One straightforward way to address these two issues is a trick called "hazard analysis": the process of identifying probable issues, putting them in order of most to least likely, and then beginning the mitigation effort from there. By building a list that lets you decide what's most worthy of your time, you won't be chasing those one-in-a-billion bugs that are next to undetectable. A hazard analysis allows you to stay focused and keep your eyes on the prize. Catching bugs earlier, as part of your development process (rather than having to wait for QA, or worst yet, discovering them in production) is the best, most cost-effective way to ensure that quality code makes it to end users faster.

A mindset shift

While TDD requires developers to invest the time and effort to hone their testing skills, the organization benefits from creating a design of the right procedures to test code more efficiently. Still, beyond the technical hurdles (assuming we're all accomplished engineers), another common hurdle to TDD for developers is psychological—the feeling that they're not actually getting anything done. Traditional development is like building a house—you spend a whole day working, you've laid some foundation, and you can clearly measure your progress. With TDD, you spend the first day (or week, or month) just figuring out how your foundation might crack and where it might need extra support, and it might feel like you have nothing to show for it. That can be a tough feeling to overcome.

Approaching this issue with the right frame of mind can help you get past it. TDD is just like the age-old carpenter's saying, "measure twice—cut once." By spending your time building tests and looking for potential issues (measuring), by the time you actually get to the development of your release (cutting), you can feel pretty confident that your code will work the way it should. And if it doesn't, the development team will have a quick feedback loop through which to discover that. So while the developers who start coding their new feature on day one might feel like they've reached the finish line faster, in the grand scheme of things (especially if any bugs are discovered downstream), fixing them will take much longer when you're trying to stabilize your code for release.

Along those same lines, don't think you won't feel any sense of accomplishment with TDD. Once you have your tests in place and you're working single-mindedly on passing them, you get the satisfaction of knowing your code passes the test and that you're the new best friend of all your QA colleagues who won't need to spend as much time on your code when it reaches the testing stage. For me, watching the light turn green on one of my tests is as much a feeling of accomplishment as launching an entire release.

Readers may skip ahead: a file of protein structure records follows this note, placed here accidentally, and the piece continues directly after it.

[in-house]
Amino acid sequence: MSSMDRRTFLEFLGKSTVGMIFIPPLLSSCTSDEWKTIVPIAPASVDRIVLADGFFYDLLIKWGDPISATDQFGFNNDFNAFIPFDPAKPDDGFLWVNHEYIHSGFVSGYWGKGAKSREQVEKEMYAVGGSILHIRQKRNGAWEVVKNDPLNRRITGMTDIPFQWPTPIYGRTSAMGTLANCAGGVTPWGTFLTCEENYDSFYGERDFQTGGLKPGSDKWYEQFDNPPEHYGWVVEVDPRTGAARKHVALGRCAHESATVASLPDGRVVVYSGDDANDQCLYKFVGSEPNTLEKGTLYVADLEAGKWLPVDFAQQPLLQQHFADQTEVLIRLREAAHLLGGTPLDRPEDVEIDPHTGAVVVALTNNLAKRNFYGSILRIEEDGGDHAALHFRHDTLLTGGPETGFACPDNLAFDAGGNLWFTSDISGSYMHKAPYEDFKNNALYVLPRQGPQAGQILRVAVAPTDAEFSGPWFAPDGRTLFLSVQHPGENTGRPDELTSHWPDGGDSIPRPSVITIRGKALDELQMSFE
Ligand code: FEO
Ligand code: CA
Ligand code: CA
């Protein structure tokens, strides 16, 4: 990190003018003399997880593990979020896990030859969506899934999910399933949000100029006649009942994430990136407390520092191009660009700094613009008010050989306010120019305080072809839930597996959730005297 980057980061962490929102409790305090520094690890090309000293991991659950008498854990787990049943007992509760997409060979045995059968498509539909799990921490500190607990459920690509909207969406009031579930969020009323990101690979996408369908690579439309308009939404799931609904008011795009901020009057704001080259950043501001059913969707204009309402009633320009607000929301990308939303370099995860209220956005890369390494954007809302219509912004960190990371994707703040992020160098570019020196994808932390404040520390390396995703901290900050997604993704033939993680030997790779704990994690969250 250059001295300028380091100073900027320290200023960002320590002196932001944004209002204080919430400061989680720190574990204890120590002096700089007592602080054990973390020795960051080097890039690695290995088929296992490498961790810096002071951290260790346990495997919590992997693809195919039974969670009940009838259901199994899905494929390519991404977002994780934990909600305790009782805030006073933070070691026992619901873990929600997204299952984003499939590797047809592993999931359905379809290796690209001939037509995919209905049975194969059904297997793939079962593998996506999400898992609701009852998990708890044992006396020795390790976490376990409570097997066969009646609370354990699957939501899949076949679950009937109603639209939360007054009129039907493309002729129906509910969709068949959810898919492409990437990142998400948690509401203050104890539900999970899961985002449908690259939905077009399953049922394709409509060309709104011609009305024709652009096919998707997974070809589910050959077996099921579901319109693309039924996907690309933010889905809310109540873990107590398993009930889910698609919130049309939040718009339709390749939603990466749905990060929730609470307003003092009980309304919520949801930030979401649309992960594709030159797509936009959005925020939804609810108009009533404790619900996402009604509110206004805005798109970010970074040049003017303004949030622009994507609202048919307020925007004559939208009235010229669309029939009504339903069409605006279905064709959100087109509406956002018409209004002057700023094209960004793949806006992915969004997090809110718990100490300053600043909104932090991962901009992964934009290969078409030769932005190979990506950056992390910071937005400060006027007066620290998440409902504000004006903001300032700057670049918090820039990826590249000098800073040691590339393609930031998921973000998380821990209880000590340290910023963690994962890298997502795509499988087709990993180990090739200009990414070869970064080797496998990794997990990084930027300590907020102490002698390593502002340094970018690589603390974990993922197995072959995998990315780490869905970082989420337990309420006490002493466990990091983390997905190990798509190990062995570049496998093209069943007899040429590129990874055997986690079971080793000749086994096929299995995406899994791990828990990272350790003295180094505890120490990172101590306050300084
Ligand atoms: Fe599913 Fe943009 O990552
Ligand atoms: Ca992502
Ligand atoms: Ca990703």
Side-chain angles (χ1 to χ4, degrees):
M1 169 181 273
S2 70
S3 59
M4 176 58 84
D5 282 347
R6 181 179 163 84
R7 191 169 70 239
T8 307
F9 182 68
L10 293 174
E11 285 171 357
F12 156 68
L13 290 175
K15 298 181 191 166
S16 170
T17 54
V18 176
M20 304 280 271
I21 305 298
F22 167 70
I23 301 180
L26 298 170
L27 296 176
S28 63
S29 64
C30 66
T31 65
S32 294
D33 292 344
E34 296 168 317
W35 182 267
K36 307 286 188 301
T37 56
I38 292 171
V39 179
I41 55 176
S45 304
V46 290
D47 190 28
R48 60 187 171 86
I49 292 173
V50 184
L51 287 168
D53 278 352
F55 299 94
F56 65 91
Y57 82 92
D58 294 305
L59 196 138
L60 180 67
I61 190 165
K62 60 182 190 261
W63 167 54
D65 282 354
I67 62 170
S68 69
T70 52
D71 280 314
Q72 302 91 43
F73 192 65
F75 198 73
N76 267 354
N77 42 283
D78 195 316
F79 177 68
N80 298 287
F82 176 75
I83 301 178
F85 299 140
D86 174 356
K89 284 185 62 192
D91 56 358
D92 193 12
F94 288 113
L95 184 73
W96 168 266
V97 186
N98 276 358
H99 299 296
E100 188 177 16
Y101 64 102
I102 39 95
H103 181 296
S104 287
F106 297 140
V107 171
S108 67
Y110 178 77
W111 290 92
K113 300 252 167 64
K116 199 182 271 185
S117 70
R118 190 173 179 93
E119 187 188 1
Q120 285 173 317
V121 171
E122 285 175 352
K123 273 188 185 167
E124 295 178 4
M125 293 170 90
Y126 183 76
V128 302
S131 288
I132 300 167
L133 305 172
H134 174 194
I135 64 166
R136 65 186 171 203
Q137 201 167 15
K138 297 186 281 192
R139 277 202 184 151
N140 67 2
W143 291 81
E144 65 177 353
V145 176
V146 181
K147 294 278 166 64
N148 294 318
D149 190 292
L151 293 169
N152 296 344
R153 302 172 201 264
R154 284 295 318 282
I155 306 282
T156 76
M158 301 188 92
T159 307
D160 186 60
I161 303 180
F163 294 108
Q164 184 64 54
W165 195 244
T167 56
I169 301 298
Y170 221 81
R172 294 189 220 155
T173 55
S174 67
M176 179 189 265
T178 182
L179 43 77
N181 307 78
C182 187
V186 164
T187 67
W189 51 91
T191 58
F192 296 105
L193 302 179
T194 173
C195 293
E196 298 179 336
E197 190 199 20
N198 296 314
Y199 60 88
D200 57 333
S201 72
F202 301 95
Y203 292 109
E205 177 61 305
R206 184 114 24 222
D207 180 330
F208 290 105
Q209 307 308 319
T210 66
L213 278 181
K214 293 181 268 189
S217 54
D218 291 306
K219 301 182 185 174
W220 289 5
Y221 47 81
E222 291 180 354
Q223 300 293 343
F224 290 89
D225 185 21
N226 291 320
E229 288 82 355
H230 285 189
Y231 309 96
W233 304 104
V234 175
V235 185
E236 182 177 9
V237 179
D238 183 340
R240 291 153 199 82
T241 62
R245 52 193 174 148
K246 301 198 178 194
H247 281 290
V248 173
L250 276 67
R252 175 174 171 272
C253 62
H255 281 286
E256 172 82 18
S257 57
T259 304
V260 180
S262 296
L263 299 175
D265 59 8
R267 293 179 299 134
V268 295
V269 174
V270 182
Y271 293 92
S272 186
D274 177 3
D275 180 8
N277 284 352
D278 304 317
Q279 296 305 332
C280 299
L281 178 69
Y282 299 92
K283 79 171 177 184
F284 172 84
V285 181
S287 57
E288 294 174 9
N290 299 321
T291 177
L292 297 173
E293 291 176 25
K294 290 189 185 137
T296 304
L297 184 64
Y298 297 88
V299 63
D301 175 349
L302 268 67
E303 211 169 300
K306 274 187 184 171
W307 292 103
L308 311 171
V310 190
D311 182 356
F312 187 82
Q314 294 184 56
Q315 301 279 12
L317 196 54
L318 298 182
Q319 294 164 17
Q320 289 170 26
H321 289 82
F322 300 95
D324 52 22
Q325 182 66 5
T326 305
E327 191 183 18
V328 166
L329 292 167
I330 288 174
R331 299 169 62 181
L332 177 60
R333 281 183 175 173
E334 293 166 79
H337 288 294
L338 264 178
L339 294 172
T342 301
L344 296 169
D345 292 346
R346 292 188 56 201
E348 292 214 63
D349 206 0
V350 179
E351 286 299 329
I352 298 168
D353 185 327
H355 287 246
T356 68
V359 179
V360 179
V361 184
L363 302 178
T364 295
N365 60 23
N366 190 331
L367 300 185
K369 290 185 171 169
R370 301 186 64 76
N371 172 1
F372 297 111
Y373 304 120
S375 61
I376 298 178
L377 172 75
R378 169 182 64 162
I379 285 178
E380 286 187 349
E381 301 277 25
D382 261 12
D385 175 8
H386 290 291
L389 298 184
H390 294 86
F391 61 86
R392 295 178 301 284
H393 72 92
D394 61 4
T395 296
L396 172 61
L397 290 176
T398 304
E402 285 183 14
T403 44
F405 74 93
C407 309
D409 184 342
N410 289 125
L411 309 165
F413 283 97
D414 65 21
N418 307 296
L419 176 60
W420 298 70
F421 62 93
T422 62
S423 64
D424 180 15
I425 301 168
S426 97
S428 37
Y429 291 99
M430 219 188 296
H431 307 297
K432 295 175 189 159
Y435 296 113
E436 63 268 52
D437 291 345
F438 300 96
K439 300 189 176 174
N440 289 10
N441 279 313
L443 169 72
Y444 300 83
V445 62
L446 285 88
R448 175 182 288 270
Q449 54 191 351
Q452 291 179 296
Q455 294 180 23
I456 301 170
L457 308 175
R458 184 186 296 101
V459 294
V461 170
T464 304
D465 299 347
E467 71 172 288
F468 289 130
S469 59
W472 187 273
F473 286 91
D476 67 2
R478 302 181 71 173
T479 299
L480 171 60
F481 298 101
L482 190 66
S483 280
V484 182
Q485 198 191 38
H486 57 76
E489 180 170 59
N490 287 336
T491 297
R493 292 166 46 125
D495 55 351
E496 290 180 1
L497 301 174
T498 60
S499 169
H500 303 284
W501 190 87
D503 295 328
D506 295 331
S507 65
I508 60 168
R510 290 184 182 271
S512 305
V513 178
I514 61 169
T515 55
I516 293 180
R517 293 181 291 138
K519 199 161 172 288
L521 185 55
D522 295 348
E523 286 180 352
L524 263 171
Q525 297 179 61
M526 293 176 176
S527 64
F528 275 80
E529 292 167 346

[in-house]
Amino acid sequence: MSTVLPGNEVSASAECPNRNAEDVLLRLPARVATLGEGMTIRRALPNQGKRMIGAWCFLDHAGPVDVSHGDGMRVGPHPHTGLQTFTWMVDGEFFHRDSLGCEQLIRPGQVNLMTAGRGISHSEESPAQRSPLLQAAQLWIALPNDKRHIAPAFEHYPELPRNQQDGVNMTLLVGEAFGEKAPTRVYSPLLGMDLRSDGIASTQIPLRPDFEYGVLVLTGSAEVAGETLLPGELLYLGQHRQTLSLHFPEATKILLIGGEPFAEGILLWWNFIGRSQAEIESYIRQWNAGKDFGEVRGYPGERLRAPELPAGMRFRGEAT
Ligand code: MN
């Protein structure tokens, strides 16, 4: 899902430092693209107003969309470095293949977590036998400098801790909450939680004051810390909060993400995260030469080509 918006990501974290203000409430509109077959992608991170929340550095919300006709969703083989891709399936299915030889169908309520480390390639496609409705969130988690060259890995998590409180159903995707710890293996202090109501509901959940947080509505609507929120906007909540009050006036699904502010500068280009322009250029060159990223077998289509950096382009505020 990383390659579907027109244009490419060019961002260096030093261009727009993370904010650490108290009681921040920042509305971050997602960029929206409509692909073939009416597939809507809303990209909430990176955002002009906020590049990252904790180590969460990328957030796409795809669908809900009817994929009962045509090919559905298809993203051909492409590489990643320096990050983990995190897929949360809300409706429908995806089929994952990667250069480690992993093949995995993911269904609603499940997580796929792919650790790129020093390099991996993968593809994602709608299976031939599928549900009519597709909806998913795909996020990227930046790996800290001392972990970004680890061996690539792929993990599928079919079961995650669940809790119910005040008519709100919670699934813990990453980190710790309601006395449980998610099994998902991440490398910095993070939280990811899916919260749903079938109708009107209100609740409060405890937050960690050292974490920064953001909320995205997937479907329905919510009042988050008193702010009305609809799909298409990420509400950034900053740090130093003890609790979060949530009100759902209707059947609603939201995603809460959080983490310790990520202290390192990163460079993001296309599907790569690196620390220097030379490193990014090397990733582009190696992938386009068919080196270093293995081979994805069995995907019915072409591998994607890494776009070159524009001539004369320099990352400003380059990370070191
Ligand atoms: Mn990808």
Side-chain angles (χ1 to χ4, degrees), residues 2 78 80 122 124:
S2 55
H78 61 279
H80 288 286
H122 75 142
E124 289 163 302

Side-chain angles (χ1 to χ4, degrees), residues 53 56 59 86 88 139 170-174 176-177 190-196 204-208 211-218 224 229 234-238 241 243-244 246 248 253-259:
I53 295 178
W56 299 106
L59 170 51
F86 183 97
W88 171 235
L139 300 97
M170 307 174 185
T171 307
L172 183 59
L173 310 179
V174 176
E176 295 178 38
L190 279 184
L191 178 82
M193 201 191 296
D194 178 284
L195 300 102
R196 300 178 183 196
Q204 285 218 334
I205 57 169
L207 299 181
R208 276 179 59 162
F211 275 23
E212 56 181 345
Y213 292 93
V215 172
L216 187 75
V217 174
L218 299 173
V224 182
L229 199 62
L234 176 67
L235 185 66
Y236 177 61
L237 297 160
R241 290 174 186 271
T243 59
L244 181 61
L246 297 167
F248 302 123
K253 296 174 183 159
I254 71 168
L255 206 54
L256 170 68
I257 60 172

Another key adjustment in TDD is the fact that it's slow, or at least it feels slow. When you're spending so much time building tests and thinking of possible pitfalls, your actual development process can feel like it's slowed down—especially if you're used to throwing your code over the wall to QA and letting them find the bugs for you. I often warn people who are just starting with TDD to take whatever development time they're used to and then double it. While it may sound like a big investment, you have to think about what you're getting for your additional efforts.

The payoff

When starting your development process by testing first, you won't have to do nearly as many tests at the end of your development cycle—and once you do deploy, things are much less likely to go south. It's much easier to fix something that's broken before it's released, rather than after it's in the hands of the user. Imagine if I told you that never again will one of your releases break once it's out in the wild—doesn't that sound nice? While TDD can't promise that, it significantly decreases the likelihood of your code breaking after you've released it. Hitting the "go" button and knowing that you put a lot of time and effort into preventing any potential snags feels so much better than hoping and praying that nothing goes wrong.

TDD isn't for everyone, and for some people, the shift in mindset can be challenging. But if you can really focus on the "measure twice—cut once" mentality of TDD, you can see some amazing results. I hope you give it a try and see for yourself how TDD can fit into your next development cycle.

Image: tuchodi/Flicker

Keep learning

Read more articles about: App Dev & TestingDevOps